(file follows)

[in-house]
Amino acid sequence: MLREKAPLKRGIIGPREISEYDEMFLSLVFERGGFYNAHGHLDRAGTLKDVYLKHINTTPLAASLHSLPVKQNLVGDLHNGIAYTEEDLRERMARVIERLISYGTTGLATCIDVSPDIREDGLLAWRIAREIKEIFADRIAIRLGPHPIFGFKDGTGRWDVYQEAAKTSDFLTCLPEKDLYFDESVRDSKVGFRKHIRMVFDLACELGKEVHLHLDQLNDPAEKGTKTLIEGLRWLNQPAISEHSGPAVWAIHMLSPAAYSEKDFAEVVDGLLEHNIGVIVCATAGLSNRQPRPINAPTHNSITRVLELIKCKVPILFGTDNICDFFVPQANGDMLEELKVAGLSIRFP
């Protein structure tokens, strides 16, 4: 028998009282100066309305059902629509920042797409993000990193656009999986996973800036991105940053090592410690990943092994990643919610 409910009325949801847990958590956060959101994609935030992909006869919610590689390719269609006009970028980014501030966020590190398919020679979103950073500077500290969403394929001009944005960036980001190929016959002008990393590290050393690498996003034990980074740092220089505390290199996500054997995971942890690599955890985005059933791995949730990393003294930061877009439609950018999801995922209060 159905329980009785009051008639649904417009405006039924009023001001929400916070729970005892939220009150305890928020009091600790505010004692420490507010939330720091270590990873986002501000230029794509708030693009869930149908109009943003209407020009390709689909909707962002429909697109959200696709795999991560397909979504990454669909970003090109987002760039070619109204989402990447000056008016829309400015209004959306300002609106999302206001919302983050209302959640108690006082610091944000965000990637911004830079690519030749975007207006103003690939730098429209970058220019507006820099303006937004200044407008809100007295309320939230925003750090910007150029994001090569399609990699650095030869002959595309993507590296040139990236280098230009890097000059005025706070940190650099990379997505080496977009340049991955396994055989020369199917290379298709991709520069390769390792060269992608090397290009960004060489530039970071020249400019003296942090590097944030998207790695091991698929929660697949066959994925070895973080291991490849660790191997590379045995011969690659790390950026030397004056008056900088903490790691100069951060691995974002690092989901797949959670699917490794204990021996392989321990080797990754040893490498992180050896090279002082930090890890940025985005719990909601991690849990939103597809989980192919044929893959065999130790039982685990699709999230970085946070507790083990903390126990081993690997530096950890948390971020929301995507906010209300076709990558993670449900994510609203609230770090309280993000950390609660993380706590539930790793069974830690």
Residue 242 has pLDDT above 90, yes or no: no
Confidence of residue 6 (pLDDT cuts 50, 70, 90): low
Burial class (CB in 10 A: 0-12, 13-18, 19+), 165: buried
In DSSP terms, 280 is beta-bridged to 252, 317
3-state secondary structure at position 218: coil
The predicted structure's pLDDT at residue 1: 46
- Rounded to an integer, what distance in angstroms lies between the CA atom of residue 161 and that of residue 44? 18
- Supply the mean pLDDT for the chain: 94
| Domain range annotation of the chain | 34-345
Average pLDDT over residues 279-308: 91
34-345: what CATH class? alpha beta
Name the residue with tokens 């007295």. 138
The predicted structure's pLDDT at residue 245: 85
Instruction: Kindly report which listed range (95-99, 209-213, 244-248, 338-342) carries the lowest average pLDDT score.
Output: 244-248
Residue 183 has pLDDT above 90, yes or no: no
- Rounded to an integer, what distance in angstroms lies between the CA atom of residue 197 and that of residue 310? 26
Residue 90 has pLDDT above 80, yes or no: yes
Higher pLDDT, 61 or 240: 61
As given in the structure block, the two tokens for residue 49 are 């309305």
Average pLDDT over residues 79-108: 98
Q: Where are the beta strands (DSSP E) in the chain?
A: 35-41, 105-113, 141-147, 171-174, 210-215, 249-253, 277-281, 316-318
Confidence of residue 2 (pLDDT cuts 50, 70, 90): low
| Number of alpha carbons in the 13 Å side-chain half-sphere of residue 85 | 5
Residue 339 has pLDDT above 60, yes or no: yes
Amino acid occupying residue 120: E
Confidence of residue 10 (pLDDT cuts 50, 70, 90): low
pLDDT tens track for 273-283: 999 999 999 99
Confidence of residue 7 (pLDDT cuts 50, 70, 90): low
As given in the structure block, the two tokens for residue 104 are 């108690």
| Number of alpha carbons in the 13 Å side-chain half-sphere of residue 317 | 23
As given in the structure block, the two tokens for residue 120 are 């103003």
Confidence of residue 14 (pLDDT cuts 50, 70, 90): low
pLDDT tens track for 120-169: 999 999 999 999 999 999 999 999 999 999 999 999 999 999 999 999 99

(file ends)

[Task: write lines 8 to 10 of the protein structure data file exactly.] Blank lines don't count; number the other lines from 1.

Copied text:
3-state secondary structure at position 218: coil
The predicted structure's pLDDT at residue 1: 46
- Rounded to an integer, what distance in angstroms lies between the CA atom of residue 161 and that of residue 44? 18